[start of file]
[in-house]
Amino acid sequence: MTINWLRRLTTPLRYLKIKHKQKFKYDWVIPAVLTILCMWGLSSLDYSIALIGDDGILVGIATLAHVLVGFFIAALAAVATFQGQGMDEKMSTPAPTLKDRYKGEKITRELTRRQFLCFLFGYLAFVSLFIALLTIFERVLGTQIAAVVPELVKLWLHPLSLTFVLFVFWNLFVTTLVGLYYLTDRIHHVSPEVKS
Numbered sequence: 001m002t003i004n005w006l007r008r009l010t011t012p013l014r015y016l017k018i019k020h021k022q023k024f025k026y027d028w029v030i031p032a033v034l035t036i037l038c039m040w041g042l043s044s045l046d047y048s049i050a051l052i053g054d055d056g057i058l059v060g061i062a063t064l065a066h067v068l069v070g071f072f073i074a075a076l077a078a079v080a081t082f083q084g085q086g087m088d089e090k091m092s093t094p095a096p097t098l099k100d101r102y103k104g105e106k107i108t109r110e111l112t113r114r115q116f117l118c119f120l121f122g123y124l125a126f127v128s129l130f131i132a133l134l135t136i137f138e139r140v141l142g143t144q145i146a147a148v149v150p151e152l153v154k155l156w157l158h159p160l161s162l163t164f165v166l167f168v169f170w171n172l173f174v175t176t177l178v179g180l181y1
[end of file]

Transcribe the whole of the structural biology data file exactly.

[in-house]
Amino acid sequence: MTINWLRRLTTPLRYLKIKHKQKFKYDWVIPAVLTILCMWGLSSLDYSIALIGDDGILVGIATLAHVLVGFFIAALAAVATFQGQGMDEKMSTPAPTLKDRYKGEKITRELTRRQFLCFLFGYLAFVSLFIALLTIFERVLGTQIAAVVPELVKLWLHPLSLTFVLFVFWNLFVTTLVGLYYLTDRIHHVSPEVKS
Numbered sequence: 001m002t003i004n005w006l007r008r009l010t011t012p013l014r015y016l017k018i019k020h021k022q023k024f025k026y027d028w029v030i031p032a033v034l035t036i037l038c039m040w041g042l043s044s045l046d047y048s049i050a051l052i053g054d055d056g057i058l059v060g061i062a063t064l065a066h067v068l069v070g071f072f073i074a075a076l077a078a079v080a081t082f083q084g085q086g087m088d089e090k091m092s093t094p095a096p097t098l099k100d101r102y103k104g105e106k107i108t109r110e111l112t113r114r115q116f117l118c119f120l121f122g123y124l125a126f127v128s129l130f131i132a133l134l135t136i137f138e139r140v141l142g143t144q145i146a147a148v149v150p151e152l153v154k155l156w157l158h159p160l161s162l163t164f165v166l167f168v169f170w171n172l173f174v175t176t177l178v179g180l181y1